Most Linux distributions automatically set up a build environment for Google Go. Arch isn’t one of those distributions. Use the Pacman package tool to install the latest version of Google Go. Then, set up a build environment by following the official Arch Wiki instructions.

sudo pacman -S go


Fedora Linux has Google Go in the official software sources, but it doesn’t automatically set up a build environment. Use the DNF packaging tool to get Go, then follow the Fedora Developer instructions that show how to set up a build environment.

sudo dnf install golang


sudo zypper install go go-doc

Generic Linux

Using a Linux distribution that doesn’t have a convenient package for installing Google Go? You’ll need to set everything up manually. Setting up Go from scratch starts out by downloading the release from the website.

cd ~/Downloads


When the Go package finishes downloading to your Linux PC, use the tar command and extract it to /usr/local.

sudo tar -C /usr/local -xvzf go1.11.linux-amd64.tar.gz

Go is working. The next step is to configure a development/build environment so that we can install Rclone on Linux. Start out by using the mkdir command to make a new folder.

mkdir -p ~/go-development

Following the main folder, create the “bin,” “src,” and “pkg” subfolders.

mkdir -p ~/go-development/bin
mkdir -p ~/go-development/src
mkdir -p ~/go-development/pkg

Open your Bash profile in the Nano, text editor.

nano ~/.profile


nano ~/.bash_profile

Paste the code below into Nano.

export PATH=$PATH:/usr/local/go/bin
export GOPATH="$HOME/go_projects"
export GOBIN="$GOPATH/bin"

Save the edits to your profile with Ctrl + O, and exit with  Ctrl + X.

Install Rclone

To install Rclone on Linux, open up a terminal and use the go get command. Running this command will download a recent version of the Rclone source code directly to your Go development environment.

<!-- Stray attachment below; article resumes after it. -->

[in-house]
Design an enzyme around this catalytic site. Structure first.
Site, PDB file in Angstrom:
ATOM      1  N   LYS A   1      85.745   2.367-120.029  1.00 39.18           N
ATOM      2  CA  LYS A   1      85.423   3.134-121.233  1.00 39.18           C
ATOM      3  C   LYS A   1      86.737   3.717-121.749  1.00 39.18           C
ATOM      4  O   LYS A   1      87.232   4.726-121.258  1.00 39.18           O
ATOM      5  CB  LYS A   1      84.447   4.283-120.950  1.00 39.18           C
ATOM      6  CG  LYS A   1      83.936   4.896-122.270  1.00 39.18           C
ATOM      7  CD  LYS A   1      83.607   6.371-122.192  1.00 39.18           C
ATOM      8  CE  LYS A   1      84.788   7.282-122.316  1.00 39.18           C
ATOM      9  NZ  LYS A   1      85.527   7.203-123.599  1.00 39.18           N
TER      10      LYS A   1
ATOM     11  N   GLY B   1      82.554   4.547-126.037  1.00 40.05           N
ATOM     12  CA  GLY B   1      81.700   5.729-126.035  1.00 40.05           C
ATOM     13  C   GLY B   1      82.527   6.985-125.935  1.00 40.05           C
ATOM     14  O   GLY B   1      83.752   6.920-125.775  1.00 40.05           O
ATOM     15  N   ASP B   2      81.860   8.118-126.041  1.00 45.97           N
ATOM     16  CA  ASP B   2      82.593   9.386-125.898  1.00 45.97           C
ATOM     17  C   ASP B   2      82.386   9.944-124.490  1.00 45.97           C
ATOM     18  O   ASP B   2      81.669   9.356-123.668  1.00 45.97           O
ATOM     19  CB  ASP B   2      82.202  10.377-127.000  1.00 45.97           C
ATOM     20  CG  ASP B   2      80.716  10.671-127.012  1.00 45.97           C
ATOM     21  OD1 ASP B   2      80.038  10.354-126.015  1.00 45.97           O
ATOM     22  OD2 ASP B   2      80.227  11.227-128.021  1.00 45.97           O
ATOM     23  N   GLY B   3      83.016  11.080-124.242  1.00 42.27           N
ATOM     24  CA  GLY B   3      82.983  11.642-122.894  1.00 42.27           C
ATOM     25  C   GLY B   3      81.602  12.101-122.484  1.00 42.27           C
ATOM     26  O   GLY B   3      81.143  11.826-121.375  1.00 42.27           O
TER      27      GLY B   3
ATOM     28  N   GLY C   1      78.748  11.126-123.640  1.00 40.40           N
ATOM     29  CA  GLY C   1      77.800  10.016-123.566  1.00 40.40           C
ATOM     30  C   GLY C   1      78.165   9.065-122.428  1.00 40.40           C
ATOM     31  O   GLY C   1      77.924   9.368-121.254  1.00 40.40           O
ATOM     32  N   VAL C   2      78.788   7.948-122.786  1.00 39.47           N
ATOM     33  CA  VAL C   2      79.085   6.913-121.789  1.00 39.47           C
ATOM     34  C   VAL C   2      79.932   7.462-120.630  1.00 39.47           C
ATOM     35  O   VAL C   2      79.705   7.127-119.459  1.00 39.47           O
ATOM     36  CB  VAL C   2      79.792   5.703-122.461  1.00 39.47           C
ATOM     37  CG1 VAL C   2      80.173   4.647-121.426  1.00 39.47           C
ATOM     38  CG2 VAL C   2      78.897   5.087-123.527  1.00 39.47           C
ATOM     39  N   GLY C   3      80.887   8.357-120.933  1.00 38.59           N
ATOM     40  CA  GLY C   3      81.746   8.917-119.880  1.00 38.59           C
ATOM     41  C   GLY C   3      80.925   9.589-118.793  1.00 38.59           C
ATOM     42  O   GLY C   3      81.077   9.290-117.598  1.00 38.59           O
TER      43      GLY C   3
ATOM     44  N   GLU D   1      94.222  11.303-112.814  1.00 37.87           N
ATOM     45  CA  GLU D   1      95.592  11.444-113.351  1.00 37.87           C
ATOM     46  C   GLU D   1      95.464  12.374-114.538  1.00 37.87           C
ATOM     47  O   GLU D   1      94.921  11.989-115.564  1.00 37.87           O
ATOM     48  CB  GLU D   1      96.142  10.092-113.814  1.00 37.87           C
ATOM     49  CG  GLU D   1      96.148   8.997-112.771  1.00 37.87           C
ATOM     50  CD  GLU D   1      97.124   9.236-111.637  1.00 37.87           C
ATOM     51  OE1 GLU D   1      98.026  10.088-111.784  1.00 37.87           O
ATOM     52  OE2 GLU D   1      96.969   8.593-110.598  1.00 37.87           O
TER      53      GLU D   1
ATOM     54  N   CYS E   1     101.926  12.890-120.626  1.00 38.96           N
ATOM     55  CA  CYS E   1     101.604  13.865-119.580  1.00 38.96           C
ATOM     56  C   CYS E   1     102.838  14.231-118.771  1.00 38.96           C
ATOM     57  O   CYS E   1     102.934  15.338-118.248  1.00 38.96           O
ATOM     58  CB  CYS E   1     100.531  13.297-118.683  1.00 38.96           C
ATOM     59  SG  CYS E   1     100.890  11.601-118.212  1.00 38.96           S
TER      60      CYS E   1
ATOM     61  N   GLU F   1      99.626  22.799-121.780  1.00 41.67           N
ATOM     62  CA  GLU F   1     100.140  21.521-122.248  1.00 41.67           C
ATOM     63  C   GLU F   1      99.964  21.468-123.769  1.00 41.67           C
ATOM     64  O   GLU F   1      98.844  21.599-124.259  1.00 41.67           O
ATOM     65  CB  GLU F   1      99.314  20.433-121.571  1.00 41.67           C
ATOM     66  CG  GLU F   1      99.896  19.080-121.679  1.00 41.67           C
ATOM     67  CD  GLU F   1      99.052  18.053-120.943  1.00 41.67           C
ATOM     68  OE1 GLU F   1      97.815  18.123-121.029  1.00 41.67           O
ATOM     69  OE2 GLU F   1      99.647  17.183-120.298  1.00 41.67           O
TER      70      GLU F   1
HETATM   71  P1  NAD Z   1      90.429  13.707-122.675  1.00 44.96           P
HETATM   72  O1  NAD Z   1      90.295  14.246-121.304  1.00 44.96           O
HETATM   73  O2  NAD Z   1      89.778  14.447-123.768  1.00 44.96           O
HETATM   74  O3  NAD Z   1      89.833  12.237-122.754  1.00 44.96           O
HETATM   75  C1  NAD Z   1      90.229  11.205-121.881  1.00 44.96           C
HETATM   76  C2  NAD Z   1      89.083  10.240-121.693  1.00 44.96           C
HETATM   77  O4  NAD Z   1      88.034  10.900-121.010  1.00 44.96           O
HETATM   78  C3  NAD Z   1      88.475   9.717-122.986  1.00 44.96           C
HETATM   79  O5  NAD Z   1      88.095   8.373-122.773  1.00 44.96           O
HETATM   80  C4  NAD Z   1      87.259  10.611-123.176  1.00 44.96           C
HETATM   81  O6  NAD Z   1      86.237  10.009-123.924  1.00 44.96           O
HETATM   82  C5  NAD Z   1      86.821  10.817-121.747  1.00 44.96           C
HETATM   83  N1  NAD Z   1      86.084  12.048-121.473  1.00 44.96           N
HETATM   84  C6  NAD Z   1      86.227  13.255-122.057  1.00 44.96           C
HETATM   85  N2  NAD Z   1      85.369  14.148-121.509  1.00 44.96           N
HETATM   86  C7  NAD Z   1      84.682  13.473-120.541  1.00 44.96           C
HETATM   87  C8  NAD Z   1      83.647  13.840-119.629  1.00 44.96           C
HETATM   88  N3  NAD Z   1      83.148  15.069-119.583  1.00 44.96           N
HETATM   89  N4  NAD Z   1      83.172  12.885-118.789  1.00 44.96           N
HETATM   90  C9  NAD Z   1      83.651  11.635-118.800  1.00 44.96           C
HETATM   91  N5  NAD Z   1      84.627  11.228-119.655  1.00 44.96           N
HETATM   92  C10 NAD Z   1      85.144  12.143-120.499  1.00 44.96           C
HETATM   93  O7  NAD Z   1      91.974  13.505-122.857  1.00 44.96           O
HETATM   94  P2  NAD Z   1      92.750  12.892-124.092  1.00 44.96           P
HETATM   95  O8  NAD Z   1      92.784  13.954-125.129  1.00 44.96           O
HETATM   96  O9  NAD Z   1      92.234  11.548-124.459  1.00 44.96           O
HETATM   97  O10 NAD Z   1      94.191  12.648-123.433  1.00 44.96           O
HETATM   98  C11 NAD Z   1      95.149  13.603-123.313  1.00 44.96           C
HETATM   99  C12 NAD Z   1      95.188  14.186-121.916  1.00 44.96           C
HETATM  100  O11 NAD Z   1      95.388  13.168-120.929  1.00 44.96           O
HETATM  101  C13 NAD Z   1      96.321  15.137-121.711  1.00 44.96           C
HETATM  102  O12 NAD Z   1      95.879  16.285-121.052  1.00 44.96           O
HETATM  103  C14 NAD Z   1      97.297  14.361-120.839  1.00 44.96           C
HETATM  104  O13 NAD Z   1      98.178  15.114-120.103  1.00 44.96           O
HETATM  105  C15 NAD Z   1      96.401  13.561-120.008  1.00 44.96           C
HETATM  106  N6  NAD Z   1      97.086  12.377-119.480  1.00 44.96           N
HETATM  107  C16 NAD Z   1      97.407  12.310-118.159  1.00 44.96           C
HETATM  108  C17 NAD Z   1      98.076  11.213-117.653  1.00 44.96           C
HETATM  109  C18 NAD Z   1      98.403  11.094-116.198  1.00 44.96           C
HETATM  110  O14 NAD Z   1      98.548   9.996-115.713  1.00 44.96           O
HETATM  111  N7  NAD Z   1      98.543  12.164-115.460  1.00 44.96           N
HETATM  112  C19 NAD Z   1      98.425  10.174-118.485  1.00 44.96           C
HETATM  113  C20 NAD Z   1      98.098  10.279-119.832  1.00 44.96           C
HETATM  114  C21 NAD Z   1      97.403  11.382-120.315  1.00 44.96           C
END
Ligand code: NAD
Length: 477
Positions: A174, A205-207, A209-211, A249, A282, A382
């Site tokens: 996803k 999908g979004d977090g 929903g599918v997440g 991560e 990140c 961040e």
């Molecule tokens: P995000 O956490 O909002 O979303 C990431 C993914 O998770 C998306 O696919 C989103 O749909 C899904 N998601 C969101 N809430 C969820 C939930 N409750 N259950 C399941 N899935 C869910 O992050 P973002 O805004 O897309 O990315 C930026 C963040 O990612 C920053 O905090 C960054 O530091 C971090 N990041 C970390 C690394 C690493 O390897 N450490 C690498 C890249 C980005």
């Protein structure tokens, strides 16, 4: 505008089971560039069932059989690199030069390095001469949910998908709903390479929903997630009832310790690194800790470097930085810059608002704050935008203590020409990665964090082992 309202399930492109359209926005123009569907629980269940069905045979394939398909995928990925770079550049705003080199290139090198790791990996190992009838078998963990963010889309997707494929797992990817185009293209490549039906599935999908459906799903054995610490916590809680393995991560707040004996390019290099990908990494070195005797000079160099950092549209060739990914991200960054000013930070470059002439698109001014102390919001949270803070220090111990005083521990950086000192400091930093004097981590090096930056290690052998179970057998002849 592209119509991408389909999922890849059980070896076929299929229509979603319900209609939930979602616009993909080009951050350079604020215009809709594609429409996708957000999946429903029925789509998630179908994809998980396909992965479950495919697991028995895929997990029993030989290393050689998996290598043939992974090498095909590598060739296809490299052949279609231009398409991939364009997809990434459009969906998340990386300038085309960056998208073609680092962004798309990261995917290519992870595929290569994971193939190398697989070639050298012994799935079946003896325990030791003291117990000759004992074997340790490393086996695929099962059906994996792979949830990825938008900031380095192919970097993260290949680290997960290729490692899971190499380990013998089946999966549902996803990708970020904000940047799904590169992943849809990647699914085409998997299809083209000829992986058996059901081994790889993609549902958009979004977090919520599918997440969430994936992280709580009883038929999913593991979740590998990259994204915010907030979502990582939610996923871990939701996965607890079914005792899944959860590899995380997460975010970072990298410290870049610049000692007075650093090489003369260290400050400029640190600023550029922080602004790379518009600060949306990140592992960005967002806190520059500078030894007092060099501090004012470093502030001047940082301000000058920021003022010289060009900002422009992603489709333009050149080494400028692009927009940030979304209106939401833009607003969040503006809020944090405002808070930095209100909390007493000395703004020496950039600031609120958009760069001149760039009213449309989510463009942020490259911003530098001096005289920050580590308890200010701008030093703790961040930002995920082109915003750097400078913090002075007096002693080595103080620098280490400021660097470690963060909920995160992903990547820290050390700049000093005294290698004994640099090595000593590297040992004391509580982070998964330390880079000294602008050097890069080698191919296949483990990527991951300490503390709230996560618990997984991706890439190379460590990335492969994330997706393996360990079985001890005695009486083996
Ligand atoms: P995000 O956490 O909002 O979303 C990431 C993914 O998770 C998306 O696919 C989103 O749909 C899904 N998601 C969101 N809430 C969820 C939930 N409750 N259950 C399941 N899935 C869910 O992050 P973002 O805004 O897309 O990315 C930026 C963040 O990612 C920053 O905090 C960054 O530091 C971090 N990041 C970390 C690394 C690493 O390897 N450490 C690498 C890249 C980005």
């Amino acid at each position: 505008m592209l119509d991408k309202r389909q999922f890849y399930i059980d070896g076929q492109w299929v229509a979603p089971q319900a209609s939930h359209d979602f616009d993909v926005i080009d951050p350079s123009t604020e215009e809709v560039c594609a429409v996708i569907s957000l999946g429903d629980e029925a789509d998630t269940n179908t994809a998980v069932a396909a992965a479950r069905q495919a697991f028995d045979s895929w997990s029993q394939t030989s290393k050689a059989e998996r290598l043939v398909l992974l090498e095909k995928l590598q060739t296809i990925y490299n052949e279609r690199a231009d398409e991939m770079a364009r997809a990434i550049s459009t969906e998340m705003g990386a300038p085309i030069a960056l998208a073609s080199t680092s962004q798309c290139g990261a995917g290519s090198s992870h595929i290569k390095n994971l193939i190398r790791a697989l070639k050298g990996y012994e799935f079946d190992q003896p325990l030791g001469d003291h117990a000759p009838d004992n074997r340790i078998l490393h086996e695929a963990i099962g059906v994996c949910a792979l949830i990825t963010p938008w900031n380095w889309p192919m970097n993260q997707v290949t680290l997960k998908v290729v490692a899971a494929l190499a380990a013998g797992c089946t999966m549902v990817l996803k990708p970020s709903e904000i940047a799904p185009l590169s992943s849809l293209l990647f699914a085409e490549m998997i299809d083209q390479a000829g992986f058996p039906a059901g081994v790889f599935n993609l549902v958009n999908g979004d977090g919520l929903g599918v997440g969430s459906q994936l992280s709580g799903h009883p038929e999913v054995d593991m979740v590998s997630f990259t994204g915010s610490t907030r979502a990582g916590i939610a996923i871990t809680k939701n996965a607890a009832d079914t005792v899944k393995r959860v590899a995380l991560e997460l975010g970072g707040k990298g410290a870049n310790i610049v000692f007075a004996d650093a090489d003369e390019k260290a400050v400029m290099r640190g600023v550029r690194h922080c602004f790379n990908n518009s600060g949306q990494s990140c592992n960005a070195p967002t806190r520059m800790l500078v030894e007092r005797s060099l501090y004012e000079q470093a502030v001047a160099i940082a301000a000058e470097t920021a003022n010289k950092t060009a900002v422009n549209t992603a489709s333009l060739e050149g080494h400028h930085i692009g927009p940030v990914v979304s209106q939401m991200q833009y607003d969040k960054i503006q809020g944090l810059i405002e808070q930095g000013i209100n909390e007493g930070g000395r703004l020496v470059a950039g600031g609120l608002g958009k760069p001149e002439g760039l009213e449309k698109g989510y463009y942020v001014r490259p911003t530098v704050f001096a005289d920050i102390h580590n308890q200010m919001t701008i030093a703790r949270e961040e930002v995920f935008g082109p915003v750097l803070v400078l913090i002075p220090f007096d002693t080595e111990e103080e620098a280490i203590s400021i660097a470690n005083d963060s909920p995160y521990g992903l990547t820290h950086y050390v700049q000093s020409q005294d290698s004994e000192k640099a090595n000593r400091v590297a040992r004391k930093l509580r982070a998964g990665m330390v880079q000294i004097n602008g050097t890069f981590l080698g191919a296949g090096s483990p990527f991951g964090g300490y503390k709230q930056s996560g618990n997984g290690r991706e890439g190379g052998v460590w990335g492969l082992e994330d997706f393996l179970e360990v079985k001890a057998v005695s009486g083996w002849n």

go get

CD into your Go environment path.

cd $GOPATH/bin

Find the Rclone binary file and place it in your Bin directory. Putting the data in this directory will make the app executable, like any other program.

sudo cp rclone /usr/bin/

Install Rclone Without Google Go

Using the Google Go version of Rclone is a great way to get the application up and running, as Go has support on nearly every Linux distribution.

That said if you don’t feel like setting up Go, feel free to check for a binary version to install.

To install the Binary version, scroll through the list on the page, find your Linux distribution and click on “rclone.”

Use Rclone on Linux

Setting up Rclone on Linux starts by generating a new configuration file. In a terminal, run the rclone config command.

rclone config

Using Rclone requires a new remote. To create a new remote connection, press the “n” button on your keyboard and press the enter key.

In the terminal box, type the name of the connection. In this tutorial, we’ll call this connection “test.”

After selecting a name, choose the type of connection for Rclone to use. Options are:

  • 1. Amazon Drive
  • 2. Amazon S3
  • 3. Backblaze B2
  • 4. Dropbox
  • 5. Encrypt/Decrypt a remote
  • 6. Google Cloud Storage
  • 7. Google Drive
  • 8. Hubic
  • 9. Local Disk
  • 10. Microsoft OneDrive
  • 11. OpenStack Swift (Rackspace Cloud Files, Memset Memstore, OVH)
  • 12. SSH/SFTP
  • 13. Yandex Disk

Enter the selection number for your new connection and press the enter key on the keyboard to move on to the next step in the configuration process.

Follow the prompts and do what the steps say. When your new Rclone connection is ready to go, write the letter “y” for “yes this is OK” and press the enter key.

Copying Files

Your new Rclone connection is set up. Let’s copy some files. To copy some data into the root directory of your connection, do:

rclone copy /home/username/path/to/local/data-folder/ nameofconnection:remotefolder

Syncing Files

Want to sync some data down from your remote connection with Rclone? Do it with the following command.

rclone sync /home/username/path/to/local/data-folder/ nameofconnection:remotefolder

Read How To Set Up Rclone For Linux by Derrik Diener on AddictiveTips – Tech tips to make you smarter